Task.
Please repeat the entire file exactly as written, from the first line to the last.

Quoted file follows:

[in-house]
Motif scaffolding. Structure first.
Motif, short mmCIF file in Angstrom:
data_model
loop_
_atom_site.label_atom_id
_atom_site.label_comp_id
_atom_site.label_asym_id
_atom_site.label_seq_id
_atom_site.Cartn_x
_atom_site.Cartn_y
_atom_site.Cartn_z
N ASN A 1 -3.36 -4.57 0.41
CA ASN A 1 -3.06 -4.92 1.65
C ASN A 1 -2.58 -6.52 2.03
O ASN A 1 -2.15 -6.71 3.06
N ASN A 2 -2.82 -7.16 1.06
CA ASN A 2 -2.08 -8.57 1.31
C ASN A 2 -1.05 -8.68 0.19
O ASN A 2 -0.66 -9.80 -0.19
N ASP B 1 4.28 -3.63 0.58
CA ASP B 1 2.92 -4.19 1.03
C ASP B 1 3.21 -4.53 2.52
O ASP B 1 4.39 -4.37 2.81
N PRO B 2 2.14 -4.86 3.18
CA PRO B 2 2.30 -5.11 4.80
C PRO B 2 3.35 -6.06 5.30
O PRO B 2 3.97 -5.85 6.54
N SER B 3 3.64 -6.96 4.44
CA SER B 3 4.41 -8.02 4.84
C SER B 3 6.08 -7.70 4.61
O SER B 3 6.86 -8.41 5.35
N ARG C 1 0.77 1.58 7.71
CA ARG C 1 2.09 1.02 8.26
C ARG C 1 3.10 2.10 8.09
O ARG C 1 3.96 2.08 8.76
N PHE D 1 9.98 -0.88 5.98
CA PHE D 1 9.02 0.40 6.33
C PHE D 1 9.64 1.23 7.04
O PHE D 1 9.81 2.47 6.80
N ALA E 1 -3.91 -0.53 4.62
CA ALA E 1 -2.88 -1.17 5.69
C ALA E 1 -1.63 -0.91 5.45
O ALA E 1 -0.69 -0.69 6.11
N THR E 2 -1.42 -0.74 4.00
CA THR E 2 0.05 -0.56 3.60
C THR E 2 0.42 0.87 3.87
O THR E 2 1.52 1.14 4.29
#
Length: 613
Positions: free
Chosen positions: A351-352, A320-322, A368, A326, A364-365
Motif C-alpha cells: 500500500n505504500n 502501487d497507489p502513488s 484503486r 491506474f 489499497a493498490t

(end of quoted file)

[in-house]
Motif scaffolding. Structure first.
Motif, short mmCIF file in Angstrom:
data_model
loop_
_atom_site.label_atom_id
_atom_site.label_comp_id
_atom_site.label_asym_id
_atom_site.label_seq_id
_atom_site.Cartn_x
_atom_site.Cartn_y
_atom_site.Cartn_z
N ASN A 1 -3.36 -4.57 0.41
CA ASN A 1 -3.06 -4.92 1.65
C ASN A 1 -2.58 -6.52 2.03
O ASN A 1 -2.15 -6.71 3.06
N ASN A 2 -2.82 -7.16 1.06
CA ASN A 2 -2.08 -8.57 1.31
C ASN A 2 -1.05 -8.68 0.19
O ASN A 2 -0.66 -9.80 -0.19
N ASP B 1 4.28 -3.63 0.58
CA ASP B 1 2.92 -4.19 1.03
C ASP B 1 3.21 -4.53 2.52
O ASP B 1 4.39 -4.37 2.81
N PRO B 2 2.14 -4.86 3.18
CA PRO B 2 2.30 -5.11 4.80
C PRO B 2 3.35 -6.06 5.30
O PRO B 2 3.97 -5.85 6.54
N SER B 3 3.64 -6.96 4.44
CA SER B 3 4.41 -8.02 4.84
C SER B 3 6.08 -7.70 4.61
O SER B 3 6.86 -8.41 5.35
N ARG C 1 0.77 1.58 7.71
CA ARG C 1 2.09 1.02 8.26
C ARG C 1 3.10 2.10 8.09
O ARG C 1 3.96 2.08 8.76
N PHE D 1 9.98 -0.88 5.98
CA PHE D 1 9.02 0.40 6.33
C PHE D 1 9.64 1.23 7.04
O PHE D 1 9.81 2.47 6.80
N ALA E 1 -3.91 -0.53 4.62
CA ALA E 1 -2.88 -1.17 5.69
C ALA E 1 -1.63 -0.91 5.45
O ALA E 1 -0.69 -0.69 6.11
N THR E 2 -1.42 -0.74 4.00
CA THR E 2 0.05 -0.56 3.60
C THR E 2 0.42 0.87 3.87
O THR E 2 1.52 1.14 4.29
#
Length: 613
Positions: free
Chosen positions: A351-352, A320-322, A368, A326, A364-365
Motif C-alpha cells: 500500500n505504500n 502501487d497507489p502513488s 484503486r 491506474f 489499497a493498490t